My work articulates questions about the relationships between each other, society, and the technologies that infiltrate our daily lives, often mediating personal relationships and transforming the socio-political dynamics of the world.
Through conceptual audiovisual installation art, I present immersive experiences that challenge the perceptions of accepted routines, bringing people together into spaces to contemplate human interaction. I’m influenced by artists such as Kelly Richardson, Ryoji Ikeda, and Richard Mosse, who all abstract technologies, presenting them through installation art that holds a black mirror up to society.
In my recent work, I have been concerned with the increasing digitisation of our lives, the effects of the internet on relationships, and our relationship with the internet, itself. My sound and light installation Heads in The Cloud communicates these concerns using synchronised 13.1 channel 4D sound and a matrix of LED lights. I asked people to send me a recording of themselves vocalising their own thoughts posted on the internet, which I’ve used as the material for the installation. These recordings cover a wide range of subject matter, ranging from artist biographies to #metoo posts, and recordings in any language have been encouraged to better reflect the global scale of digitisation. As the voices move around the installation space and through the centre, they become digital noise, indistinguishable from each other; and the LED lights respond to the location and character of the sound. Using the human voice as source material provides clear communication of concepts of social digitisation through spatio-temporal digital audio manipulation.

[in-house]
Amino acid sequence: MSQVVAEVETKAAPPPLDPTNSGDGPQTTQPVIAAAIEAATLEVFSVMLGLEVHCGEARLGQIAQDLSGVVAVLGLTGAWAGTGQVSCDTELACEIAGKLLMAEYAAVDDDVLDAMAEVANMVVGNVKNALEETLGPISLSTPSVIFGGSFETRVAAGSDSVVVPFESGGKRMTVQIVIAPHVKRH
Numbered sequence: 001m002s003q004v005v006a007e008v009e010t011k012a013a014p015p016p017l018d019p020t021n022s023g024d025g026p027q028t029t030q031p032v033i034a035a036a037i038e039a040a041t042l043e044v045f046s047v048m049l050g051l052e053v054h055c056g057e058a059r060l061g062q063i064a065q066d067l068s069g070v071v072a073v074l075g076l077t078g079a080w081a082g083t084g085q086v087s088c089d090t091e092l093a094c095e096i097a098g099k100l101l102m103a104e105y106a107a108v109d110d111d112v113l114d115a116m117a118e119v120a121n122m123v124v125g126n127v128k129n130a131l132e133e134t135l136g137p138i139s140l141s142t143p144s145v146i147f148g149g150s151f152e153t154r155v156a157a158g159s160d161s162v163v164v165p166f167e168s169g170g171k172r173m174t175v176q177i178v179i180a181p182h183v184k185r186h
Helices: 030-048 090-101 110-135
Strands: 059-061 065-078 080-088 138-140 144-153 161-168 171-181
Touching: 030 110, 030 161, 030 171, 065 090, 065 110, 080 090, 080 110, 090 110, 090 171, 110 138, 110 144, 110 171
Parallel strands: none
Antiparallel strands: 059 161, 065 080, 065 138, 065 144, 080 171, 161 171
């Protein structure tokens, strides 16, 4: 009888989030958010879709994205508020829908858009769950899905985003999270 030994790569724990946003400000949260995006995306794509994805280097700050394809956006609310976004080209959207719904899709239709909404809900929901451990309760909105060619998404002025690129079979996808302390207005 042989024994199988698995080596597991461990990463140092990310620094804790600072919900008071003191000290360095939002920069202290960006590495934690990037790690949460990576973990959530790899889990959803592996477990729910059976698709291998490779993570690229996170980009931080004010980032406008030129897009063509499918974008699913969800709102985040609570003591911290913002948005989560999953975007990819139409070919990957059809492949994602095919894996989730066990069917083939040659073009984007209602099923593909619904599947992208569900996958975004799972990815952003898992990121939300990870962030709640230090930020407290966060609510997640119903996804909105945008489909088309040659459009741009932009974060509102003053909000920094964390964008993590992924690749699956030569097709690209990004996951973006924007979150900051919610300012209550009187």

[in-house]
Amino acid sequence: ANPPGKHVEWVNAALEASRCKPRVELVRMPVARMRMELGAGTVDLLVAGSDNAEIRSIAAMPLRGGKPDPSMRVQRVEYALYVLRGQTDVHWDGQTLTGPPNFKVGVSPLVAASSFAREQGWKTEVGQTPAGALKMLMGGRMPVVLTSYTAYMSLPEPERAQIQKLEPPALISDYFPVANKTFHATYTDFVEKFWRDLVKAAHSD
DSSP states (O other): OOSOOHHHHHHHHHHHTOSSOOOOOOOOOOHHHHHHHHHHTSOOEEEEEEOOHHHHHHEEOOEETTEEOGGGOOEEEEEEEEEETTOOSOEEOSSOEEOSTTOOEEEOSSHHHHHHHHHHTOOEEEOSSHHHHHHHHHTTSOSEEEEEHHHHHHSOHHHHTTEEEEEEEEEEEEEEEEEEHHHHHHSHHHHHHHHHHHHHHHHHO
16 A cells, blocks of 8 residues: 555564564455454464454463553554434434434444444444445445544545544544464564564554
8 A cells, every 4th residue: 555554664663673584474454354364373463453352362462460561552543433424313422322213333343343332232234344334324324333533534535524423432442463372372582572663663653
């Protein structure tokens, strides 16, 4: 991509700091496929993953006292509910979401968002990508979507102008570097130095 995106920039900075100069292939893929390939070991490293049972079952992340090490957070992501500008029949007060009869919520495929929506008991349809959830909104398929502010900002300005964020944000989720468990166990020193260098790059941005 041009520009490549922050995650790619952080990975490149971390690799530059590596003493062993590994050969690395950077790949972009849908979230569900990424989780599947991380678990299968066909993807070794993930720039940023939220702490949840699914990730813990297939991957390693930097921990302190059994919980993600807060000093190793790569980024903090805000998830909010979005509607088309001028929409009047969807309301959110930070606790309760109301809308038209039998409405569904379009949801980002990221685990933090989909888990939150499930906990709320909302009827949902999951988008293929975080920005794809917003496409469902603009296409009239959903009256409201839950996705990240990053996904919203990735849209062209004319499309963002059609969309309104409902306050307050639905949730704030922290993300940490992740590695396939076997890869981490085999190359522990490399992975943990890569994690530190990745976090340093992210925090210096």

What are your plans after graduating?
After graduation, I have a concept album, based on the installation, to record for those who donated to the crowdfunding I ran to raise money for the installation build and a local charity. I have some other projects lined up throughout the year but will focus, primarily, on my installations. Heads in The Cloud feels like it’s only version 1.0 at the moment, and I plan to build bigger versions for larger spaces. I would like to install versions in public spaces for anyone to have the chance to encounter it, and I’ll keep encouraging anyone to submit a recording to the installation. I intend to go on the study an MFA in Fine Art in 2019 to develop my practice, further.
How have you found studying DMSA at Brighton
The Digital Music & Sound Arts BA(Hons) program has given me the means to express the concepts and context of my work. It’s also presented areas of working with sound and music that I hadn’t considered until now. I never thought I’d be building a sound & light installation by the time I graduated, but the course gives you the freedom to focus on your own medium throughout the final year. It’s been inspiring working alongside my peers, and the course tutors, technicians and guest lecturers have helped push my creativity beyond my expectations.